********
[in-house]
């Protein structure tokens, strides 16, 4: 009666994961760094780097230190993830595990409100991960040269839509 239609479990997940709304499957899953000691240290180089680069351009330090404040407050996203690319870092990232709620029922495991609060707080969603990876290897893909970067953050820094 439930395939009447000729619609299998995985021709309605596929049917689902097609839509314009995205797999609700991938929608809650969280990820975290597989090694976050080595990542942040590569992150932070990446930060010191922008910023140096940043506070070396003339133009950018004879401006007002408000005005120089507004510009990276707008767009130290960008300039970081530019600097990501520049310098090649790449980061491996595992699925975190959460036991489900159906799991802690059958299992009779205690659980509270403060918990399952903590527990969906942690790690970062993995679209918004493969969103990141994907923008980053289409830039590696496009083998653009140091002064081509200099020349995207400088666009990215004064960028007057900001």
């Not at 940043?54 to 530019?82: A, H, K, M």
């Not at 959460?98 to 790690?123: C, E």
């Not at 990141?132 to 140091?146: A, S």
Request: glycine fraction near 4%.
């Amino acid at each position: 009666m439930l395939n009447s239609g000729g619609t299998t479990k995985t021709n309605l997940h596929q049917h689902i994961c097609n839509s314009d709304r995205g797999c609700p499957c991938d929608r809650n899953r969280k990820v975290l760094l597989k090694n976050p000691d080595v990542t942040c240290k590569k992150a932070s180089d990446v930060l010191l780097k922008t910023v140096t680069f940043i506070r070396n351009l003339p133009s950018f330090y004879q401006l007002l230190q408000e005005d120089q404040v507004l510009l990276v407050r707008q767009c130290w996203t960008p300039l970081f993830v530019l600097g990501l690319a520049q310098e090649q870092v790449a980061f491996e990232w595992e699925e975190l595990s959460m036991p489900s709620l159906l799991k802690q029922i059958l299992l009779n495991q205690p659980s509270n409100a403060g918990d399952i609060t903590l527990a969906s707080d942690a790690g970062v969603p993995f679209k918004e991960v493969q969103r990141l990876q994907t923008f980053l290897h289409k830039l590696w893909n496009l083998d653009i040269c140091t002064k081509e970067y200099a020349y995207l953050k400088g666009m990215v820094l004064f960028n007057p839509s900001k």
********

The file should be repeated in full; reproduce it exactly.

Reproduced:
[in-house]
């Protein structure tokens, strides 16, 4: 009666994961760094780097230190993830595990409100991960040269839509 239609479990997940709304499957899953000691240290180089680069351009330090404040407050996203690319870092990232709620029922495991609060707080969603990876290897893909970067953050820094 439930395939009447000729619609299998995985021709309605596929049917689902097609839509314009995205797999609700991938929608809650969280990820975290597989090694976050080595990542942040590569992150932070990446930060010191922008910023140096940043506070070396003339133009950018004879401006007002408000005005120089507004510009990276707008767009130290960008300039970081530019600097990501520049310098090649790449980061491996595992699925975190959460036991489900159906799991802690059958299992009779205690659980509270403060918990399952903590527990969906942690790690970062993995679209918004493969969103990141994907923008980053289409830039590696496009083998653009140091002064081509200099020349995207400088666009990215004064960028007057900001």
């Not at 940043?54 to 530019?82: A, H, K, M």
């Not at 959460?98 to 790690?123: C, E």
């Not at 990141?132 to 140091?146: A, S």
Request: glycine fraction near 4%.
């Amino acid at each position: 009666m439930l395939n009447s239609g000729g619609t299998t479990k995985t021709n309605l997940h596929q049917h689902i994961c097609n839509s314009d709304r995205g797999c609700p499957c991938d929608r809650n899953r969280k990820v975290l760094l597989k090694n976050p000691d080595v990542t942040c240290k590569k992150a932070s180089d990446v930060l010191l780097k922008t910023v140096t680069f940043i506070r070396n351009l003339p133009s950018f330090y004879q401006l007002l230190q408000e005005d120089q404040v507004l510009l990276v407050r707008q767009c130290w996203t960008p300039l970081f993830v530019l600097g990501l690319a520049q310098e090649q870092v790449a980061f491996e990232w595992e699925e975190l595990s959460m036991p489900s709620l159906l799991k802690q029922i059958l299992l009779n495991q205690p659980s509270n409100a403060g918990d399952i609060t903590l527990a969906s707080d942690a790690g970062v969603p993995f679209k918004e991960v493969q969103r990141l990876q994907t923008f980053l290897h289409k830039l590696w893909n496009l083998d653009i040269c140091t002064k081509e970067y200099a020349y995207l953050k400088g666009m990215v820094l004064f960028n007057p839509s900001k």